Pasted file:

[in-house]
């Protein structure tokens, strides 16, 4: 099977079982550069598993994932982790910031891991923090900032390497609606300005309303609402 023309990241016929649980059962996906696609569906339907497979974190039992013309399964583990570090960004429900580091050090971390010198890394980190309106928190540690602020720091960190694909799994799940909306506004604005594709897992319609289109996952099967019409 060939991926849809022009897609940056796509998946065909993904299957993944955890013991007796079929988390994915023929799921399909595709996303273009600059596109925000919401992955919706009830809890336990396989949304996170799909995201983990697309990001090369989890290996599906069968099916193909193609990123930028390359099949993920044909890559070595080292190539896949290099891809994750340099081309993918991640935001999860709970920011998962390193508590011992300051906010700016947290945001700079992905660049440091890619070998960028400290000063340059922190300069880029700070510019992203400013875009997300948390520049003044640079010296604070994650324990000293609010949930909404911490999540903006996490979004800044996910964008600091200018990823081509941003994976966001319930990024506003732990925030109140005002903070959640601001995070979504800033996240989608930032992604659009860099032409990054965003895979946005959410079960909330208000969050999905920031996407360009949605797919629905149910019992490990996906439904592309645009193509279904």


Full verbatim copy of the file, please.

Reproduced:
[in-house]
């Protein structure tokens, strides 16, 4: 099977079982550069598993994932982790910031891991923090900032390497609606300005309303609402 023309990241016929649980059962996906696609569906339907497979974190039992013309399964583990570090960004429900580091050090971390010198890394980190309106928190540690602020720091960190694909799994799940909306506004604005594709897992319609289109996952099967019409 060939991926849809022009897609940056796509998946065909993904299957993944955890013991007796079929988390994915023929799921399909595709996303273009600059596109925000919401992955919706009830809890336990396989949304996170799909995201983990697309990001090369989890290996599906069968099916193909193609990123930028390359099949993920044909890559070595080292190539896949290099891809994750340099081309993918991640935001999860709970920011998962390193508590011992300051906010700016947290945001700079992905660049440091890619070998960028400290000063340059922190300069880029700070510019992203400013875009997300948390520049003044640079010296604070994650324990000293609010949930909404911490999540903006996490979004800044996910964008600091200018990823081509941003994976966001319930990024506003732990925030109140005002903070959640601001995070979504800033996240989608930032992604659009860099032409990054965003895979946005959410079960909330208000969050999905920031996407360009949605797919629905149910019992490990996906439904592309645009193509279904």